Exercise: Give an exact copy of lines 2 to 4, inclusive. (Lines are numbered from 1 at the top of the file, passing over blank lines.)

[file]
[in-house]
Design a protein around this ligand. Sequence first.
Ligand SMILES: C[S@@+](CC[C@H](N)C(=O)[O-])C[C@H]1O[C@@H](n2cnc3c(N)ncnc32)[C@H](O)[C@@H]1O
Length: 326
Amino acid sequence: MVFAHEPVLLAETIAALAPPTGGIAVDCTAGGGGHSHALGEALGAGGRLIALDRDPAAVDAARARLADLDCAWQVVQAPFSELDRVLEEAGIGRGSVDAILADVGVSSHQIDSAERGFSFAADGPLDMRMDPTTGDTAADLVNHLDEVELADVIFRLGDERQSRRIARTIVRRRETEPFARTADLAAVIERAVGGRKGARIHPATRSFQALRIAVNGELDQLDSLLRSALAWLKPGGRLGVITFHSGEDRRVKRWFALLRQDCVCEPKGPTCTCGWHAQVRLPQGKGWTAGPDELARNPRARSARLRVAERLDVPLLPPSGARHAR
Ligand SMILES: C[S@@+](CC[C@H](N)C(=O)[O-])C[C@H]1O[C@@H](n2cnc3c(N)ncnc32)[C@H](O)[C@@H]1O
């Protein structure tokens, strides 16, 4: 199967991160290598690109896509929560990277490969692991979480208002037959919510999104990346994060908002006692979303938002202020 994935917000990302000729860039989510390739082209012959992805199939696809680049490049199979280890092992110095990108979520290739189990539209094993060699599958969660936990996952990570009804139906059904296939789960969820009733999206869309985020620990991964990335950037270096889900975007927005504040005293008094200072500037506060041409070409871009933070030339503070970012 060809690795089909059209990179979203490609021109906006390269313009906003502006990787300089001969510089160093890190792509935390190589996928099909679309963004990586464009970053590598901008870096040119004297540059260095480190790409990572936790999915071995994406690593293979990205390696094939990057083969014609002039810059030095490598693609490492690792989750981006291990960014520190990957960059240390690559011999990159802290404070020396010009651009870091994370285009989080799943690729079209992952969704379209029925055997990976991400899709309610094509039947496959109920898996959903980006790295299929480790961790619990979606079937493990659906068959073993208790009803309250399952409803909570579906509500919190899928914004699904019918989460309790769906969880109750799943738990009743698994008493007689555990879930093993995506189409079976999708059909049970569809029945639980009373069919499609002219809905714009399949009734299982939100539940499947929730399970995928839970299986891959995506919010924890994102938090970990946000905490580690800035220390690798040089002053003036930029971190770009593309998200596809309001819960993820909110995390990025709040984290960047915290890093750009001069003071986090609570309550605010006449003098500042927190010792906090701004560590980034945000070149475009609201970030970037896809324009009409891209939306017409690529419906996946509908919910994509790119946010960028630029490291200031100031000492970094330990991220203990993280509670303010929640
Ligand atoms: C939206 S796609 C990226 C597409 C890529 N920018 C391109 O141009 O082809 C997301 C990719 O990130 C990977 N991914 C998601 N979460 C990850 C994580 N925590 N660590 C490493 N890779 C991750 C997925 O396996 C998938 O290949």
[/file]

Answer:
Design a protein around this ligand. Sequence first.
Ligand SMILES: C[S@@+](CC[C@H](N)C(=O)[O-])C[C@H]1O[C@@H](n2cnc3c(N)ncnc32)[C@H](O)[C@@H]1O
Length: 326